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Medicare is Not Totally Free

For those of us of a certain age, it seemed like the distant future when we first heard the Beatles sing: "Will you still need me, will you still feed me, when I'm sixty-four?"  I clearly envisioned that, by that time, we would live in a world as depicted in The Jetsons.  But as that age approaches (or has been reached), mundane matters like Medicare start to impinge on our thoughts of flying cars and robot maids.

Of course, no one really wants to think about Medicare, with its jumble of letters—Part A, Part B, Part C, and Part D.  What a mess.  The basics on what this alphabet soup means can be found on Medicare's web site.


Beyond the details is an important point:  Medicare is not free.  OK, some of it is free (Part A for hospitalization has no premiums, although there is a deductible).  However, significant portions of the coverage, like doctors and medical procedures, require a premium and have deductibles and co-pays.  The same holds true for drug benefits in Part D.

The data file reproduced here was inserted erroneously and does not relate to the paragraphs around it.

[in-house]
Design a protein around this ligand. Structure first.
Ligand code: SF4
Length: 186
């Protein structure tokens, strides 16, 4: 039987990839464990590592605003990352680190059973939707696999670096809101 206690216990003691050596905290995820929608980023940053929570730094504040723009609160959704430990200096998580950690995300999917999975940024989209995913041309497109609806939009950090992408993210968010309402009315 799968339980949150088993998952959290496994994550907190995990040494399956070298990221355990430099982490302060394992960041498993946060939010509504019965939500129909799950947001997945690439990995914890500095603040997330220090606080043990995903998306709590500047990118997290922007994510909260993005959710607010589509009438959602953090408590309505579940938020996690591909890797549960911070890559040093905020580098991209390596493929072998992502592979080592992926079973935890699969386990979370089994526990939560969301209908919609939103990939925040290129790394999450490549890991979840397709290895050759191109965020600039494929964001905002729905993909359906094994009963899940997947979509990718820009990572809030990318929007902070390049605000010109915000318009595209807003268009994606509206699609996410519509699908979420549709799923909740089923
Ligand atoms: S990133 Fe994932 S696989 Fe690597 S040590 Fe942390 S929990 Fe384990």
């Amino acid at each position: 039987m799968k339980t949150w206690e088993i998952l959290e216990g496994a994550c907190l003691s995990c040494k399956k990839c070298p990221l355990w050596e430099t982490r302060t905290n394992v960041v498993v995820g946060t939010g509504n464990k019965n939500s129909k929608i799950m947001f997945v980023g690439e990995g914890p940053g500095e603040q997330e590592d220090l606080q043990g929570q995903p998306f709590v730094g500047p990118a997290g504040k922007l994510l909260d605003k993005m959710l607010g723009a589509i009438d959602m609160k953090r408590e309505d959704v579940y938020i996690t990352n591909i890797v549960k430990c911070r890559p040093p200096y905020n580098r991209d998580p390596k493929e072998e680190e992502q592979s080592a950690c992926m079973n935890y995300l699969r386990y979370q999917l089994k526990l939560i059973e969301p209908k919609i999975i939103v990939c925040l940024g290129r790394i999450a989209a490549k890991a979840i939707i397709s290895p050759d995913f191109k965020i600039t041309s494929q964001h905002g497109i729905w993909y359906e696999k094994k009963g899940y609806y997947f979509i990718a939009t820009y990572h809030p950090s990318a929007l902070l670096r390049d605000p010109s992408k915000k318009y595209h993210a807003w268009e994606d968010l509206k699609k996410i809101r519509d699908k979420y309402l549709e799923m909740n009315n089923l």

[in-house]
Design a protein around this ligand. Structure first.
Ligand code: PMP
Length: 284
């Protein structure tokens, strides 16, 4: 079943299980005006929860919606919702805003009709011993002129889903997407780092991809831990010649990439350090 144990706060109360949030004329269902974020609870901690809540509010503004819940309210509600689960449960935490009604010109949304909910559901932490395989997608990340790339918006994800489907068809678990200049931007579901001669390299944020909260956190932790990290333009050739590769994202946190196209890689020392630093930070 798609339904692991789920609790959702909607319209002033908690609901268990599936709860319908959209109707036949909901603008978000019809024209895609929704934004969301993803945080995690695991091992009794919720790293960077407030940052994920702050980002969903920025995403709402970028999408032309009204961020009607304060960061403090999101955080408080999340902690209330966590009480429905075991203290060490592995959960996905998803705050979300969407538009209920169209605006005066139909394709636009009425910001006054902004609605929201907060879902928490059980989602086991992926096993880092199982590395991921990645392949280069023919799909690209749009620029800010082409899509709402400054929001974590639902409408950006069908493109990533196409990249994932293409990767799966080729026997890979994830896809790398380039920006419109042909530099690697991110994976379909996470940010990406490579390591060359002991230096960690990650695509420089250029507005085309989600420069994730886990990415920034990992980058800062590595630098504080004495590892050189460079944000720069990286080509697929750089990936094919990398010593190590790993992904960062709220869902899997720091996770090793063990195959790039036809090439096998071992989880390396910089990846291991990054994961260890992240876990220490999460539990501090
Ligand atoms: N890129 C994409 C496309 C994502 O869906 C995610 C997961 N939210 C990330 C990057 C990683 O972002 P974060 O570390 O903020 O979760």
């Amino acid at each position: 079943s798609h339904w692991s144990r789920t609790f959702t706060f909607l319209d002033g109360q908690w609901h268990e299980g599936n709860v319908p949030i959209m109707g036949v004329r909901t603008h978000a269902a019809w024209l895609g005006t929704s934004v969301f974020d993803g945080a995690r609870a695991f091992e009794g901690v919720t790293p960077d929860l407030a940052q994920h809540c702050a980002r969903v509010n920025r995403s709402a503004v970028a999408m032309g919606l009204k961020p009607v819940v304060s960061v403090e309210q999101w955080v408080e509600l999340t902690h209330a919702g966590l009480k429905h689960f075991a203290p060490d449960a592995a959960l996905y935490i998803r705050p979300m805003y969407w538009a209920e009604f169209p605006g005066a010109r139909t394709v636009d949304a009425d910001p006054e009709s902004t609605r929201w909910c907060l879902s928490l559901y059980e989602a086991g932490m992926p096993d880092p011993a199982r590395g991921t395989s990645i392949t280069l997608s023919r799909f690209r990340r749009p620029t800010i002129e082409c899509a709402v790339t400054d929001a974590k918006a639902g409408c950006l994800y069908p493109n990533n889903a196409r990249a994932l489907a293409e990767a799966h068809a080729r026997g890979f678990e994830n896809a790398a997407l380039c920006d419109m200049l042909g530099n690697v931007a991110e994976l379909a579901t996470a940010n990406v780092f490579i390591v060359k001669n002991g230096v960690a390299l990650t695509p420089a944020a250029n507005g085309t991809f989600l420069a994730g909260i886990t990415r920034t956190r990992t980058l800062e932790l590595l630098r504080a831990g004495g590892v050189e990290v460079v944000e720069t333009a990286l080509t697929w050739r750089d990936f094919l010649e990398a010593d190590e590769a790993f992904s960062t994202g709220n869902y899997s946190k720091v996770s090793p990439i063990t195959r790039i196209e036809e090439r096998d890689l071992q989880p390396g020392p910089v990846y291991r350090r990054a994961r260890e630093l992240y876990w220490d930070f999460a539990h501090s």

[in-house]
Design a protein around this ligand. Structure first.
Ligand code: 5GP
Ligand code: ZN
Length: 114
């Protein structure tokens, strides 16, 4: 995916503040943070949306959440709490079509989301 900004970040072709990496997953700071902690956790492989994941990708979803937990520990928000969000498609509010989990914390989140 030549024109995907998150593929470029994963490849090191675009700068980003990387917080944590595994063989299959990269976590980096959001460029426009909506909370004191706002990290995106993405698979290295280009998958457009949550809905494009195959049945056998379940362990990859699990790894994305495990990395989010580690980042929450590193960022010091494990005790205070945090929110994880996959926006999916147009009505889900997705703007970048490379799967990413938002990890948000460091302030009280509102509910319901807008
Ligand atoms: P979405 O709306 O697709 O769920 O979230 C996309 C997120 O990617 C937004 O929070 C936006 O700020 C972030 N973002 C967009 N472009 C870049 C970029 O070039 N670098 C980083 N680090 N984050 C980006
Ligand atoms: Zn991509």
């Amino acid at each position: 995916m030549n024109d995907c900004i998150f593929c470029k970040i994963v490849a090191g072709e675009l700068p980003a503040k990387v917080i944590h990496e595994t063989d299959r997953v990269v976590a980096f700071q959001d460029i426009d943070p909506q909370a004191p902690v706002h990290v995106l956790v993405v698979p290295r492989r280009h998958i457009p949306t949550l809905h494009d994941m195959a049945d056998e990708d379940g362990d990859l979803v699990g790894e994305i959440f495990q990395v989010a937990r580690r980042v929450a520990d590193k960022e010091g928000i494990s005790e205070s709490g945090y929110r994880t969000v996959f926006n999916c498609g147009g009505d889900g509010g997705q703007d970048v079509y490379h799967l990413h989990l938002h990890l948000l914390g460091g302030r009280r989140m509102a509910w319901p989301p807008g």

Health care costs can be a large part of a retiree's budget even with Medicare.  These costs, including Medicare premiums, should be considered as part of retirement planning. 

You should also keep in mind that Medicare may not pay for all of your medical needs.  Private insurers offer Medigap coverage to pick up some of the costs not covered by Medicare.  An astute insurance agent that works with such policies can help you navigate the Medicare maze and help keep you protected.

Words of Wisdom

Age is a very high price to pay for maturity. –Tom Stoppard